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Few Politicians Actually Understand What "Health of the Mother” Really Means

When cancer was suspected during my pregnancy, I faced a decision no woman wants.

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I wonder whether mine is the kind of case politicians have in mind when they talk vaguely about outlawing abortion with exceptions for the health of the mother. There was disagreement among experts about whether continuing my pregnancy threatened my life, what kinds of treatment for cancer during pregnancy would be possible, and whether treatment would dramatically alter my chances of survival or my baby’s. Politicians like Rep. Joe Walsh, R-Ill., who glibly stated recently that there is no such thing as a medically necessary abortion, seem little aware of how devastating situations like mine can be. No one other than the women and families who will live with the consequences should make those heartbreaking choices.

My case is rare. Indeed, only one in 1,000 pregnancies coincide with a cancer diagnosis. But I think that’s why my story matters: It underscores how difficult such dilemmas can be. It illustrates how important the promise of choice can be, especially when the decisions at hand are not the ones we wanted to make. Mothers whose impossible choices unfold in the midst of educational, financial, and social disadvantages for which they are not responsible are granted little mercy in our public discourse about reproductive choice. That is a shame, because my experience has taught me that we’re all doing the best we can in situations beyond our control. That is how we live into the next day, in hope and humility.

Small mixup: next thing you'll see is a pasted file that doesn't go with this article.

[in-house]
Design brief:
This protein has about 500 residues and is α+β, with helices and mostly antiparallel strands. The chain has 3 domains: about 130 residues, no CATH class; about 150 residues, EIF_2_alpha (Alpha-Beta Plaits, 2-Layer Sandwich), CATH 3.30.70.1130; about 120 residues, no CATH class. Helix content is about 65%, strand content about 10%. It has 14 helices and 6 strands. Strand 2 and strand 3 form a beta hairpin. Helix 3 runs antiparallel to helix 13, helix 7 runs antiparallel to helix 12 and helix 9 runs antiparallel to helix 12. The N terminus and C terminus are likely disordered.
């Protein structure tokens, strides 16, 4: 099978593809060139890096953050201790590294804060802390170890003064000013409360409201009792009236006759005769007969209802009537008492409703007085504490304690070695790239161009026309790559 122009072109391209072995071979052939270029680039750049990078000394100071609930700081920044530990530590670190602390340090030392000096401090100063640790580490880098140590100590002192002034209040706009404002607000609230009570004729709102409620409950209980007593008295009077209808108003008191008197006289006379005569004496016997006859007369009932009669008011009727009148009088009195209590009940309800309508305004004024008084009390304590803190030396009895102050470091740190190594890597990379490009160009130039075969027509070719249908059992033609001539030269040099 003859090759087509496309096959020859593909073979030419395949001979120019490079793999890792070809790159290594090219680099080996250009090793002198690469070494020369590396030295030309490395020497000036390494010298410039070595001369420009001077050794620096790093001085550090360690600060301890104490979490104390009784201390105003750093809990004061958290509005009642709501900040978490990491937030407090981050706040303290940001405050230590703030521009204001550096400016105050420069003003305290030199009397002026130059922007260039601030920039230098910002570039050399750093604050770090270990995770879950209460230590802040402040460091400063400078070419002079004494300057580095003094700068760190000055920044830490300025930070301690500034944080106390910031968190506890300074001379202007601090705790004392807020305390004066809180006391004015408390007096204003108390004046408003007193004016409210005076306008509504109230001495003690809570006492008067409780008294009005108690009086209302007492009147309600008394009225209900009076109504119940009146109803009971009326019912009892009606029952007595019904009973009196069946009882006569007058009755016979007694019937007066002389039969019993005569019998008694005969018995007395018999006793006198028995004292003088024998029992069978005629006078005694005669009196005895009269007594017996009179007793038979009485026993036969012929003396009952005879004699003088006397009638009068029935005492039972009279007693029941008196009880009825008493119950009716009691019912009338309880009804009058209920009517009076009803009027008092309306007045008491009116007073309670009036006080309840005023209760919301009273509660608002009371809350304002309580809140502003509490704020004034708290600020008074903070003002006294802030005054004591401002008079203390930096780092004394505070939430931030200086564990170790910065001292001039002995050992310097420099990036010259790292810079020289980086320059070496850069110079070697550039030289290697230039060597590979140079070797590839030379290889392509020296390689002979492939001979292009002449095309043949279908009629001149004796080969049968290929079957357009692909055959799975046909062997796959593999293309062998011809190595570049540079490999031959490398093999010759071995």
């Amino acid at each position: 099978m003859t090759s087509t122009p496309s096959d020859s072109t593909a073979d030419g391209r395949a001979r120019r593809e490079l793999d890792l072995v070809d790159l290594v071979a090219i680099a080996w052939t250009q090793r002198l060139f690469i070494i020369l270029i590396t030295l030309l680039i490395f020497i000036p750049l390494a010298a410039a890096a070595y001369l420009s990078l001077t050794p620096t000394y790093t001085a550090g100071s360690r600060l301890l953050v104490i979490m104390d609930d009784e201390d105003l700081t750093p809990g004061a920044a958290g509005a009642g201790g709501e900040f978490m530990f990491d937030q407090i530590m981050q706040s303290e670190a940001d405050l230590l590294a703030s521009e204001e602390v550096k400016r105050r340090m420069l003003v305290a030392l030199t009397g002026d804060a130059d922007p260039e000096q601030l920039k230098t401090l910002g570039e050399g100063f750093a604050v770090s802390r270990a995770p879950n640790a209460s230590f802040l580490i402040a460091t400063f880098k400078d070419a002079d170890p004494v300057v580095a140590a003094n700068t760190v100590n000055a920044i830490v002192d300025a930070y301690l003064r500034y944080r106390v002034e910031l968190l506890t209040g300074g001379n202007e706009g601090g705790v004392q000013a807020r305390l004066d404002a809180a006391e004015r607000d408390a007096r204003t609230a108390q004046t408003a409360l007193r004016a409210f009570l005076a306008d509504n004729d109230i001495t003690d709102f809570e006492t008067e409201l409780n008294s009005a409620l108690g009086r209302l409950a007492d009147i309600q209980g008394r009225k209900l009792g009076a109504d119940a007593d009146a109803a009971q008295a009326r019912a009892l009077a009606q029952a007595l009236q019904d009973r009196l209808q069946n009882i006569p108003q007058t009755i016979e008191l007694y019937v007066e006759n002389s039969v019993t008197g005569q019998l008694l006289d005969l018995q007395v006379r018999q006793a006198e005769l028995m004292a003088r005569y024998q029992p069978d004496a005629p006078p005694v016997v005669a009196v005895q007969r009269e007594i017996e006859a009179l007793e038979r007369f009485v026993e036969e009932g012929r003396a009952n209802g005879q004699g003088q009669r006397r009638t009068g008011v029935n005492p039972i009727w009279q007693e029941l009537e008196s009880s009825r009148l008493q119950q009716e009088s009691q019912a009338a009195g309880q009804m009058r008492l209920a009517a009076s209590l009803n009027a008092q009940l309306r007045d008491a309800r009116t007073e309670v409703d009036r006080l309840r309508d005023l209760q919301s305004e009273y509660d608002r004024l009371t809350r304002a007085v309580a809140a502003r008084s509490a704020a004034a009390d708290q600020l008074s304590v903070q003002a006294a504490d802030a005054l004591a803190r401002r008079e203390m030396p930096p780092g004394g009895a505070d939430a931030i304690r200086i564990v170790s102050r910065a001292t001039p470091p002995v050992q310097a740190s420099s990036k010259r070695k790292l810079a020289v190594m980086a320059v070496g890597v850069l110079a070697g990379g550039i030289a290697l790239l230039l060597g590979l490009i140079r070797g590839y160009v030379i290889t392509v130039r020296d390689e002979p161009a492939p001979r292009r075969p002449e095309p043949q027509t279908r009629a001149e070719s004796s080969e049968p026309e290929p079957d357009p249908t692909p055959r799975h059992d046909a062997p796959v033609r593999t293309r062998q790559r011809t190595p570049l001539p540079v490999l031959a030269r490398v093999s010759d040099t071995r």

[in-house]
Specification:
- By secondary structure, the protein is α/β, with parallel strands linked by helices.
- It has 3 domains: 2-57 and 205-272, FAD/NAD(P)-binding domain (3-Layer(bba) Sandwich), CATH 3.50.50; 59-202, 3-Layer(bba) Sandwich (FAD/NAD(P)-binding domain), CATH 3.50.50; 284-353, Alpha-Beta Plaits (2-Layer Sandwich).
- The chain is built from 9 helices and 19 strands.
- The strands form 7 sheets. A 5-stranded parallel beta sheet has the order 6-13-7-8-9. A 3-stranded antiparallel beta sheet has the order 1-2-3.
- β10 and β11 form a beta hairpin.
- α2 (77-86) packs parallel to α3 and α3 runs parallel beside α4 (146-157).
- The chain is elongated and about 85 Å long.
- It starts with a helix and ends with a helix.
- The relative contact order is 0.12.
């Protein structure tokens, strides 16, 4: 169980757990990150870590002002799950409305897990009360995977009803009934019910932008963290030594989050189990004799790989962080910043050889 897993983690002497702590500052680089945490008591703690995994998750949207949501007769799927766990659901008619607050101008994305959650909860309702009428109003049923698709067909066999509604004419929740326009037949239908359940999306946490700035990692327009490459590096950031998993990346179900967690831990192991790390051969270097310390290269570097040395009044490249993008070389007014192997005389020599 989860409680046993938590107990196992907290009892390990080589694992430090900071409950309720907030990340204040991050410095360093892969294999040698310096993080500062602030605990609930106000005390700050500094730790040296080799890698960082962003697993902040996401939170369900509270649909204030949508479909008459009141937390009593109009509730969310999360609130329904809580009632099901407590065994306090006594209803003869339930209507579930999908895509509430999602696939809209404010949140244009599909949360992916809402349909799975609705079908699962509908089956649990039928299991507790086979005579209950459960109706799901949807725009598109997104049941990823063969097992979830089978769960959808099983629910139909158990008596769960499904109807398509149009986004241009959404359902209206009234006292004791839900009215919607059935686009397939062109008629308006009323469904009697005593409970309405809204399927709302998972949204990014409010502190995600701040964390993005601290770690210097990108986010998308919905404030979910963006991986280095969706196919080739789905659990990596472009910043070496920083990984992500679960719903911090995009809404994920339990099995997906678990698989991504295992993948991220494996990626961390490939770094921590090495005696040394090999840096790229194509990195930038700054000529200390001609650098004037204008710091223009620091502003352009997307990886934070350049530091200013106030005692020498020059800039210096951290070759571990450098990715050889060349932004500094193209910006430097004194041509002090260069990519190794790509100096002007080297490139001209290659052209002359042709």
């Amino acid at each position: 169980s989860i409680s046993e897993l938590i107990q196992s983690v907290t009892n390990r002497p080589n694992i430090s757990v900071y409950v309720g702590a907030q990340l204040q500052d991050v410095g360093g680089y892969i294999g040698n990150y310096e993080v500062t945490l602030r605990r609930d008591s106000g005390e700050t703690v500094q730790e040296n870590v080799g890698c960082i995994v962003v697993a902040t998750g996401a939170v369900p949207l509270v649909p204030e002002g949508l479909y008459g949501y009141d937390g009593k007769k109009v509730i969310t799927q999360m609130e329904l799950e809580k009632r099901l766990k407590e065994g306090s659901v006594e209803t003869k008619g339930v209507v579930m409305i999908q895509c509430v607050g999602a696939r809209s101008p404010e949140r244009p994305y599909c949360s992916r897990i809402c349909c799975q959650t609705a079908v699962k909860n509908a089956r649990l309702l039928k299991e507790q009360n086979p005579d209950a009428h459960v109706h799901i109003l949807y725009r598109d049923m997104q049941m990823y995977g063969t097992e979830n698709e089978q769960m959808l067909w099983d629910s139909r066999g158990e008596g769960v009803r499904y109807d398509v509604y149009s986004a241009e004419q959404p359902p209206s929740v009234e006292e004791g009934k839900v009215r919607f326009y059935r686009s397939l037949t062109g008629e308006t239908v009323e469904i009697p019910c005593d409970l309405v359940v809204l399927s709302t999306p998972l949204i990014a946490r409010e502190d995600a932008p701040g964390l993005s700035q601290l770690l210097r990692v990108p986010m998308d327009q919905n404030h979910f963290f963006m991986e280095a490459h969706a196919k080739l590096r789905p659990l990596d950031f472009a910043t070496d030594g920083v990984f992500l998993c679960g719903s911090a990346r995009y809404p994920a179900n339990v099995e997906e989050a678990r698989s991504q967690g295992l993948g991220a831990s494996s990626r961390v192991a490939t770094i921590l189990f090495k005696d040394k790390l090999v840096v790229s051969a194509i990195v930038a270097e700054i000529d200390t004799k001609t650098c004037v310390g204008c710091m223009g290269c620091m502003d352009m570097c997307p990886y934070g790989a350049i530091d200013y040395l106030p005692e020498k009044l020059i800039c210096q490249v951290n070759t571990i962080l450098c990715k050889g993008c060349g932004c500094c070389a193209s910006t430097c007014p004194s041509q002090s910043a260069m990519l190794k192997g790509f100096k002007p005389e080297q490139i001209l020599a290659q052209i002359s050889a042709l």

But humility is in short supply in a public debate on reproductive rights that favors sound bites and unyielding absolutes. These are decisions that call for uncommon emotional and ethical depth. Abortion is a complex ethical issue, one that tests the limits of our beliefs about autonomy and responsibility to others. It is never a good choice, but it may sometimes be the right choice. Just as that is true for the women who face such a choice, it is also true for us as a culture. We can understand abortion as fraught and respect those women who choose it as painfully cognizant of that very fact. If the women in situations like mine wrestle to make the best choices we can, then how can anyone — particularly extraordinarily privileged (and overwhelmingly male) judges and politicians — presume to make them for us?

I hope that my daughters will one day read this essay as their mother’s defense of both of them. I hope that they live in a world that respects their inherent dignity. Whatever impossible choices they face, I want them to know that I trust them to make those decisions on their own.

Suzanne Edwards is assistant professor in the English department at Lehigh University.